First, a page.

Every year, thousands of emergency department (ED) visits result in patients being discharged with oral antibiotic prescriptions. Published studies that assess the appropriateness of these antibiotic regimens are limited.
The purpose of this study from Bauman et al. was to examine the appropriateness of antibiotic prescriptions written for patients discharged from a community hospital’s ED.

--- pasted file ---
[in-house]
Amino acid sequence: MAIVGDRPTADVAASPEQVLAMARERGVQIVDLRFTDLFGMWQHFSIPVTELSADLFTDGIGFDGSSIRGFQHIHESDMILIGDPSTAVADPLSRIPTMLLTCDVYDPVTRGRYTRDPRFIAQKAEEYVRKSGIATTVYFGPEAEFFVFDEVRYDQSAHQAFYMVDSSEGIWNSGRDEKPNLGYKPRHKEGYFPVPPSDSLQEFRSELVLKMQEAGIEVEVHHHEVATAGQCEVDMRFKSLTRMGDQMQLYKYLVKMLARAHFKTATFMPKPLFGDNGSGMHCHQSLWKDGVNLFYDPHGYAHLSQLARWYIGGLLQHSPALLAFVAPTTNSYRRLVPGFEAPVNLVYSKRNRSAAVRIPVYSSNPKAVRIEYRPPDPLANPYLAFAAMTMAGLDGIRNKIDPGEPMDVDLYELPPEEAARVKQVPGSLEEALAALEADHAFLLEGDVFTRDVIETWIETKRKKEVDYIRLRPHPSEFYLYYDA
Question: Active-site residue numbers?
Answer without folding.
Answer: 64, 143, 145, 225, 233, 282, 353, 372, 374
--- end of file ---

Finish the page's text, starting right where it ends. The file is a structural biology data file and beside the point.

A total of 76% of the prescribed antibiotics were appropriate, 16% were inappropriate, and the remaining 8% were not assessable. Duration was the most common reason for a regimen to not be optimal. The most frequently inappropriately prescribed antibiotics included cephalexin (but it is noted cephalexin was included in almost half of the antibiotic regimens in this study), clindamycin, and azithromycin. Infections that were most frequently treated inappropriately were skin and soft tissue infections, dental infections, and sinusitis.